Network News


Biosocial Matters

New book collaboration between Dr Simon Williams, Dr Maurizio Meloni and Professor Paul Martin called Biosocial Matters: Rethinking the Sociology-Biology Relations in the Twenty-First Century.

This book looks at how there are encouraging signs of reconciliation emerging from an age of hostility between social vs life sciences.

A collection of readings from scholars reframing the debates to see if there is a new "Biosocial terrain" coming to light.


The EU LifePath consortium, led by EpiStressNet member Professor Paolo Vineis, held its annual meeting in Paris on 17-18 May 2016, to review the progress of the research conducted in its first year. The main aim of the LIFEPATH project is to investigate the biological pathways underlying social differences in healthy ageing, through addressing four key objectives: 

  1. to show that healthy ageing is an achievable goal for society, as it is already experienced by individuals of high socio-economic status (SES);
  2. to improve the understanding of the mechanisms through which healthy ageing pathways diverge by SES, by investigating life-course biological pathways using omic technologies;
  3. to examine the consequences of the current economic recession on health and the biology of ageing (and the consequent increase in social inequalities);
  4. to provide updated, relevant and innovative evidence for healthy ageing policies.

EpiStressNet lead, Dr Vincent Cunliffe gave a keynote talk to the Lifepath consortium on animal models for elucidating the epigenetic impacts of stress on the body.

Visit the LifePath website for more information.





Political Biology: New Book by Maurizio Meloni

A new book on political biology by Senior Research Fellow Dr Maurizio Meloni has been published this week.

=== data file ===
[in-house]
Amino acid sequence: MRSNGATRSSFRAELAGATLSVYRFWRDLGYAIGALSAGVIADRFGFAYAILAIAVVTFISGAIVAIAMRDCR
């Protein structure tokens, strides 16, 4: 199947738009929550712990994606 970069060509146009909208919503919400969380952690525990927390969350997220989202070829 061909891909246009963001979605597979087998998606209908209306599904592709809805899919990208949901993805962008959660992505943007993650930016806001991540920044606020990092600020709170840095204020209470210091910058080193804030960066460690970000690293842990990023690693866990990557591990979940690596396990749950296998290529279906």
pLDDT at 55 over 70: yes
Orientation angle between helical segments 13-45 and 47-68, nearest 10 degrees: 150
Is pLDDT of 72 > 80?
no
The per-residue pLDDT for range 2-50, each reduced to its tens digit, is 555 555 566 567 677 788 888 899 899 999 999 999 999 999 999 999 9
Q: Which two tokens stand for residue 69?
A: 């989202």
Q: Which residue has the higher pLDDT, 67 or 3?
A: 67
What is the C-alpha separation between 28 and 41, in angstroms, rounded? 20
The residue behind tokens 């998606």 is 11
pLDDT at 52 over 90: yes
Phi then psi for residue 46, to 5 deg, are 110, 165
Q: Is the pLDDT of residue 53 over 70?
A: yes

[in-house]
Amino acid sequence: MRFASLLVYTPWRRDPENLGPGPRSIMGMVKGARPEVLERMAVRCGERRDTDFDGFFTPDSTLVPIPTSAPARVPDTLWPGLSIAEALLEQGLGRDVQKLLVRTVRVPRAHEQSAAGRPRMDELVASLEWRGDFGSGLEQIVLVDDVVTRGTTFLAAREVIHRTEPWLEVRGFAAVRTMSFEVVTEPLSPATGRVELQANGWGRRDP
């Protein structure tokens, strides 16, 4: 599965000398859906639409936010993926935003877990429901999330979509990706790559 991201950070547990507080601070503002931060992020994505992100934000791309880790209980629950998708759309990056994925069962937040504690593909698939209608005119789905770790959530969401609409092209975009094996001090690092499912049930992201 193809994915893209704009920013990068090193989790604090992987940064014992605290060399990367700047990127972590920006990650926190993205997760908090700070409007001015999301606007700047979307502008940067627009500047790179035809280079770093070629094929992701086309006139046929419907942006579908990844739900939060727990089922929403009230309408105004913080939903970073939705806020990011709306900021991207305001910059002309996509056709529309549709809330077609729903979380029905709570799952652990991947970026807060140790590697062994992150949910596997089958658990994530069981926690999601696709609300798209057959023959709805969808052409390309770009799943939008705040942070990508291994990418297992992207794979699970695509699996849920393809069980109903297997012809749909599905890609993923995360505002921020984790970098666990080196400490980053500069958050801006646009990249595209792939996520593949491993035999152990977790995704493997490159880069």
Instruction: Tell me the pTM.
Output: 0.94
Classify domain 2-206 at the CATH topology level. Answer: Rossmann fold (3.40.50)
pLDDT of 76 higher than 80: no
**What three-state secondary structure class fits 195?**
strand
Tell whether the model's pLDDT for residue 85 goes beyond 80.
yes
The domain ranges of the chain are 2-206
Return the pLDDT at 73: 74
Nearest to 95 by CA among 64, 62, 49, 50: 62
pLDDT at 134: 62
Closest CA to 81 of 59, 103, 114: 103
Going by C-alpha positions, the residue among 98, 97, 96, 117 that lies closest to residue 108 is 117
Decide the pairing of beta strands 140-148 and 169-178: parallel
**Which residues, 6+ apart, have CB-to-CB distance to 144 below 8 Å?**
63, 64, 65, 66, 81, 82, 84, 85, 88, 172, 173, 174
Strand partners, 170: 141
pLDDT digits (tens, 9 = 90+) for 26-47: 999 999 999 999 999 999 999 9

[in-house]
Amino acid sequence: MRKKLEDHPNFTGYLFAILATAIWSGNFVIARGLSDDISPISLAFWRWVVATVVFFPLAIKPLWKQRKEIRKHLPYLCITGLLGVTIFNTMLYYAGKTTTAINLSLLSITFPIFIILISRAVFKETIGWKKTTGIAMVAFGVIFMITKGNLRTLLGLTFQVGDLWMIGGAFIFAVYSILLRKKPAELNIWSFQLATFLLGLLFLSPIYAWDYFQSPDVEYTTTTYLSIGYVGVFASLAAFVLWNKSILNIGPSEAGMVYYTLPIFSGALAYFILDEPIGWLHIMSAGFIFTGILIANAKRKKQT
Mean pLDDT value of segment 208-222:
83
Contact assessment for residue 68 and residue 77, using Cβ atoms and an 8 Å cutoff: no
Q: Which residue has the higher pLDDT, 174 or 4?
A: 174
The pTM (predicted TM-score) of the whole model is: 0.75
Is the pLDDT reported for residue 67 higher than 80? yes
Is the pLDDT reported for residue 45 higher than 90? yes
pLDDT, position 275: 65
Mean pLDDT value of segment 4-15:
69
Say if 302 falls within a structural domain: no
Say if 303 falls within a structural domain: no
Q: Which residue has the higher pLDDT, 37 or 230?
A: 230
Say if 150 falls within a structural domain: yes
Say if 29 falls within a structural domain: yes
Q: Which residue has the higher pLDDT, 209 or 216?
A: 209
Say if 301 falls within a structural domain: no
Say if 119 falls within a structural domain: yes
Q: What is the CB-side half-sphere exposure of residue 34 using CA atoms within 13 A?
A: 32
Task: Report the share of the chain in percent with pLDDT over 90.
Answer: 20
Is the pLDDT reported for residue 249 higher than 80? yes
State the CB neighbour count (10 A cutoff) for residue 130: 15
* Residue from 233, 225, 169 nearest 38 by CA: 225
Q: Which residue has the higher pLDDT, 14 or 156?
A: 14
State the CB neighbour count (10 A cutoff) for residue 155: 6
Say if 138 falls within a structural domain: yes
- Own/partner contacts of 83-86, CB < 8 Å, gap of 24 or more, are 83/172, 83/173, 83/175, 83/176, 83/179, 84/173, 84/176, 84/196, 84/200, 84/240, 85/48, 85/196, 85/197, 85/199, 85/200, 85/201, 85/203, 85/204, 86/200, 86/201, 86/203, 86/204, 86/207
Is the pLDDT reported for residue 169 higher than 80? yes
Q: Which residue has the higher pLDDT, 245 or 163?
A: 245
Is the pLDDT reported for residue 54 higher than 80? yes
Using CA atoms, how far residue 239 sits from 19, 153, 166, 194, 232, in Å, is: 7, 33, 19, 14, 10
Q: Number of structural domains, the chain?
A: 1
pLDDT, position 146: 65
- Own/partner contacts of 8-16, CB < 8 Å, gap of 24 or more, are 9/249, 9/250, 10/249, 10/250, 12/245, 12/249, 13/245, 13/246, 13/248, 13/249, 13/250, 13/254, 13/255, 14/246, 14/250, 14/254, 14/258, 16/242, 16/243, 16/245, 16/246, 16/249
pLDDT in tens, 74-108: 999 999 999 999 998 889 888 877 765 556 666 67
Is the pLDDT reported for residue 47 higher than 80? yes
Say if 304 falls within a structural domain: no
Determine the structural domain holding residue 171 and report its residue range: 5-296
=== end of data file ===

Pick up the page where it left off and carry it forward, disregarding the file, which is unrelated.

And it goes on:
Political Biology: Science and Social Values in Human Heredity from Eugenics to Epigenetics, published by Palgrave, explores the socio-political implications of human heredity from the second half of the nineteenth century to the present postgenomic moment. It addresses three main phases in the politicization of heredity: the peak of radical eugenics (1900-1945), characterized by an aggressive ethos of supporting the transformation of human society via biological knowledge; the repositioning, after 1945, of biological thinking into a liberal-democratic, human rights framework; and the present postgenomic crisis in which the genome can no longer be understood as insulated from environmental signals.

In Political Biology, Maurizio Meloni argues that thanks to the ascendancy of epigenetics we may be witnessing a return to soft heredity - the idea that these signals can cause changes in biology that are themselves transferable to succeeding generations.

This book will be of great interest to scholars across science and technology studies, the philosophy and history of science, and political and social theory.



Ilke Turkmendag to take up new position at Newcastle University

In February 2016 Ilke was successful in being selected to take on a full time position at Newcastle Law School as a Lecturer in Law, Innovation, and Society. The group aims to address challenges broadly relating to the role of law in regulating innovation, and innovation within law and legal institutions.

Dr Turkmendag will still play a key part in our Network as well as continuing to support the research on a previously awarded project called iHuman and will continue to support the Department of Sociological studies at the University of Sheffield.

Paul Shiels to give a talk at the Department of Biomedical Science

Biomedical Science Seminar Series, Conference Room, A Floor, Alfred Denny Building
Monday 1st February 2016, 12 noon

A Glaswegian approach to ageing: 'A man is only as old as his phosphate intake'

In the Scottish city of Glasgow, the difference in life expectancy between affluent and deprived communities is 28.7 years. This remarkable difference is the largest reported in the developed world, despite common risk factors for age-associated morbidities. In Glasgow, male life expectancy among the most deprived is as low as 54 years, while it stands at over 80 years among the least deprived. This exceptional gradient of socio-economic difference is reflected in the associated variation in mortality and morbidity in this city. The reasons for this remain unclear, but we have demonstrated that lower socio-economic status is associated with telomere shortening and global hypomethlylation, features of accelerated biological ageing, amongst the most deprived in association with poor diet.